The United States accused Iran Tuesday of violating a U.N. arms embargo by secretly sending weapons to Syria in a cargo ship seized by Israel, a U.S. official said.
Britain took a softer line in the U.N. Security Council, expressing "very serious concern" at suggestions that Iran was caught illegally exporting weapons but saying it was waiting for more information about the ship's origin, destination, cargo and seizure.
U.S. deputy ambassador Alejandro Wolff and British deputy ambassador Philip Parham raised Israel's seizure of the cargo vessel Francop on Nov. 4 off Cyprus during a closed-door council debate on implementation of the 2006 cease-fire between Israel and Hezbollah militants in Lebanon that ended their 34-day war, council diplomats said.
Israel has not provided documentary evidence to back its claims that 36 containers of weapons hidden among hundreds of containers of civilian cargo on the Francop came from Iran and were headed for Lebanon's Hezbollah fighters via Syria. But its contention about the Iranian origin was bolstered by Iranian markings on the side of containers filled with rockets, missiles, mortars, anti-tank weapons and munitions shown to reporters in Israel.
The United States told the council that the concealed arms shipment, "clearly manifested from Iran to Syria" in violation of a March 2007 arms embargo, provides "unambiguous evidence of the destabilizing proliferation of arms in the region," the U.S. official said, speaking on condition of anonymity because the council meeting was private.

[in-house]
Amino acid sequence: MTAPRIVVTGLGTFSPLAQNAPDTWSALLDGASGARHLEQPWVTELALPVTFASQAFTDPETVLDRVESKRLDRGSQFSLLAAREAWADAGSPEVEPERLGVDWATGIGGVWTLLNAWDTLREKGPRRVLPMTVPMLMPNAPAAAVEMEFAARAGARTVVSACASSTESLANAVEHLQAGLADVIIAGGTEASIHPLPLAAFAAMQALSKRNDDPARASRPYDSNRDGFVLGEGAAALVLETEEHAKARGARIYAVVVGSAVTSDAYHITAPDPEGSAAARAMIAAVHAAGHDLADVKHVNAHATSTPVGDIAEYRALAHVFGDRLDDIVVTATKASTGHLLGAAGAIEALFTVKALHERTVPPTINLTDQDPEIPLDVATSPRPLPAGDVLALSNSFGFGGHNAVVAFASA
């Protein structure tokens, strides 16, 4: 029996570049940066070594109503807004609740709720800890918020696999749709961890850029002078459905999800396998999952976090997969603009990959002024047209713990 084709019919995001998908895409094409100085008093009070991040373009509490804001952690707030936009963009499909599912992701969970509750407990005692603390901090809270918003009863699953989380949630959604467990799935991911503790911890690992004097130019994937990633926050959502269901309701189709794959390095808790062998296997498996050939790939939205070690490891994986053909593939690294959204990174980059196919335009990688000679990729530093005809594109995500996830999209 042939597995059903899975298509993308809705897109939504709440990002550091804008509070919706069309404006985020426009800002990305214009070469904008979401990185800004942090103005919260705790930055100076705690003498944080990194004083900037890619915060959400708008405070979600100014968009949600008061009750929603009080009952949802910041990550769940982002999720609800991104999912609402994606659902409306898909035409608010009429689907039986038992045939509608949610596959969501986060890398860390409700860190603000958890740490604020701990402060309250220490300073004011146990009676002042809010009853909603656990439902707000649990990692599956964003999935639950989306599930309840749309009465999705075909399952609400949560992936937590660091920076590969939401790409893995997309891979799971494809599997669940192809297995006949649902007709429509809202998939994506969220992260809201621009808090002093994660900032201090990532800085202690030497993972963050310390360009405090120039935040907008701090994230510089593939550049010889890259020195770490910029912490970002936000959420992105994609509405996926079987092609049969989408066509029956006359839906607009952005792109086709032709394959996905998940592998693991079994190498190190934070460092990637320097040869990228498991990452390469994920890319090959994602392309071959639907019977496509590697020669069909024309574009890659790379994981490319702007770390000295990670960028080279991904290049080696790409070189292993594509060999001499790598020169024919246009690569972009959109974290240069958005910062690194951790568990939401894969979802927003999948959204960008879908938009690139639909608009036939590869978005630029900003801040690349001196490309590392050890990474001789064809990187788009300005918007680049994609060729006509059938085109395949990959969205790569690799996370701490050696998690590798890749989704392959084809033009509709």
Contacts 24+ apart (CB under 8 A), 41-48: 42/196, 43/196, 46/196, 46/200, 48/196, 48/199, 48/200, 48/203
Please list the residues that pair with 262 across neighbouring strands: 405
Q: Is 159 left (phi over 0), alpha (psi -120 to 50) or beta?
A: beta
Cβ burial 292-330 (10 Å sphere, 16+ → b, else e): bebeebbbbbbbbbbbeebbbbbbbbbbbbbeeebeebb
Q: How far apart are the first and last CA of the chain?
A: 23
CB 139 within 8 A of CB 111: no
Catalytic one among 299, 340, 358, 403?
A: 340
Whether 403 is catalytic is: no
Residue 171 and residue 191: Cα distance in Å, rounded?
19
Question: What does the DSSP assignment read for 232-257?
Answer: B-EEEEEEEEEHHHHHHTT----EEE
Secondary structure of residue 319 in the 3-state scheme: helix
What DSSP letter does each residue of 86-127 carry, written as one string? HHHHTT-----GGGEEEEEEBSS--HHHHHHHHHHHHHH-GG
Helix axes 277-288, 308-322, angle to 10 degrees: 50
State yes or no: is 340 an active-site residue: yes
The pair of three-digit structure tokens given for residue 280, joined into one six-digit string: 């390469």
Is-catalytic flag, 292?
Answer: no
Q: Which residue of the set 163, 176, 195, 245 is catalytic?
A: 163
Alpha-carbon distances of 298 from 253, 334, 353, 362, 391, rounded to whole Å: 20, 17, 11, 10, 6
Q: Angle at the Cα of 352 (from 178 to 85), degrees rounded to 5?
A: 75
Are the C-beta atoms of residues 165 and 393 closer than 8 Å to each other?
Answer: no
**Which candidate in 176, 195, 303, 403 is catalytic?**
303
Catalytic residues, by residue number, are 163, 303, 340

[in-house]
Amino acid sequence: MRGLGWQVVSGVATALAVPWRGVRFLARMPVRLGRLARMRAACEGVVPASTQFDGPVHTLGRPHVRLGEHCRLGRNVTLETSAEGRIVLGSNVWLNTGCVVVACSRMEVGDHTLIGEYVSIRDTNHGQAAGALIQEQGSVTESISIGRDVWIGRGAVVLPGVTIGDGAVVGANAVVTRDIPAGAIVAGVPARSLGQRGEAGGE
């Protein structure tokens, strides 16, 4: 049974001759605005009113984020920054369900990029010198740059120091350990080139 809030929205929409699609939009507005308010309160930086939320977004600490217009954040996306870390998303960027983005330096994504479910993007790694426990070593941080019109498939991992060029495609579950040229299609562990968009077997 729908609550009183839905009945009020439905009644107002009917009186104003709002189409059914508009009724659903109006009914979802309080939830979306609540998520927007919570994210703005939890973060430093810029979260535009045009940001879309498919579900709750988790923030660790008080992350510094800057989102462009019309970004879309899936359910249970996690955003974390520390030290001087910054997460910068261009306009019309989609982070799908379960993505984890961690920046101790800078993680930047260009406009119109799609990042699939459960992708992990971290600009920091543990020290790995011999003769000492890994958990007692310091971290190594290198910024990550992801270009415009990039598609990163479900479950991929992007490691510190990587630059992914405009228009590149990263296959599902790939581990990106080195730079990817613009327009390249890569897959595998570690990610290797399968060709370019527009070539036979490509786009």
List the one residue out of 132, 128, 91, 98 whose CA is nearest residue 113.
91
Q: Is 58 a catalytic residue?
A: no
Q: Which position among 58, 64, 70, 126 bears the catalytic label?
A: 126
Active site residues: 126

The United States also called on Syria and Iran to end their "material support" for Hezbollah and other militias in Lebanon, which violates the 2006 cease-fire resolution, the U.S. official said.
Syria's U.N. Ambassador Bashar Ja'afari countered by accusing Israel of committing "an act of piracy on the high seas," and saying it should be held legally accountable, with the issue followed by the Security Council.
"All these rumors circulated by the Israelis are ... the usual Israeli outrageous concoction of lies," he said.
Britain's Parham told reporters after the council meeting that the Francop appears to be the third case of illegal Iranian arms exports this year.
"We hope that Iran will play a part in achieving a secure, peaceful and prosperous Middle East, but its current behavior appears to point in a different direction," Parham said.
The council meeting on Lebanon took place three days after Lebanon's Syrian-backed factions finally agreed on a unity government proposed by their pro-Western rivals, ending a four-month deadlock in the deeply divided country.
Austria's U.N. Ambassador Thomas Mayr-Harting, the current council president, said members "welcomed the progress achieved by the formation of a new unity government."